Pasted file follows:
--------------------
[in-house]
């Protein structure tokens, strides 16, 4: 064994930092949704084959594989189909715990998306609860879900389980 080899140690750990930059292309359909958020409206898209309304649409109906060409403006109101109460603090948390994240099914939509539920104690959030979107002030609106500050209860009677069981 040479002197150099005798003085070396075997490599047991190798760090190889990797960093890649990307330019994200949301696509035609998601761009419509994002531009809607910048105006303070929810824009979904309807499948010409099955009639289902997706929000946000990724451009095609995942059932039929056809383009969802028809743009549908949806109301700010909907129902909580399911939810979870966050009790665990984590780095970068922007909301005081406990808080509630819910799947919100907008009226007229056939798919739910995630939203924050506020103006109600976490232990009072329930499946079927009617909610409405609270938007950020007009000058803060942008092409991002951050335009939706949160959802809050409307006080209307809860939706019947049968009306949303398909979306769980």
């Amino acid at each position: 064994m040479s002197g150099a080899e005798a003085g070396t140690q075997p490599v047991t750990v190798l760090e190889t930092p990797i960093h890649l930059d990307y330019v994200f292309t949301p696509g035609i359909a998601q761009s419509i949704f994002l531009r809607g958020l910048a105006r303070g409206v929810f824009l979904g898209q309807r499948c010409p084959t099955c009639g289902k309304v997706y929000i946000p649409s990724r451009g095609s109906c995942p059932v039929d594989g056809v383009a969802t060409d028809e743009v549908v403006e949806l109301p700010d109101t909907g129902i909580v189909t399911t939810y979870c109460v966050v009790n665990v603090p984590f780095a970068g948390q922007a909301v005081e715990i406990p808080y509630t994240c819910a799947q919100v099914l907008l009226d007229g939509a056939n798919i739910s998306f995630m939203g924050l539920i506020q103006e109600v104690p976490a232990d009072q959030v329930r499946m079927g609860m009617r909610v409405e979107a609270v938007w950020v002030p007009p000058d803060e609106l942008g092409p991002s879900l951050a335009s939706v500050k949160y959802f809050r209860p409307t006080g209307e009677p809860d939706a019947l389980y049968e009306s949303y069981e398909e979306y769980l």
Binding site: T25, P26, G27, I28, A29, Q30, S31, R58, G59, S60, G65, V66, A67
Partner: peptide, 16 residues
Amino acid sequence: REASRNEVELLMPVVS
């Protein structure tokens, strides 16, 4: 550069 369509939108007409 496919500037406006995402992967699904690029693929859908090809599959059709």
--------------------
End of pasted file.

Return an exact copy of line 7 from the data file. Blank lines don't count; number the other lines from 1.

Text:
């Protein structure tokens, strides 16, 4: 550069 369509939108007409 496919500037406006995402992967699904690029693929859908090809599959059709």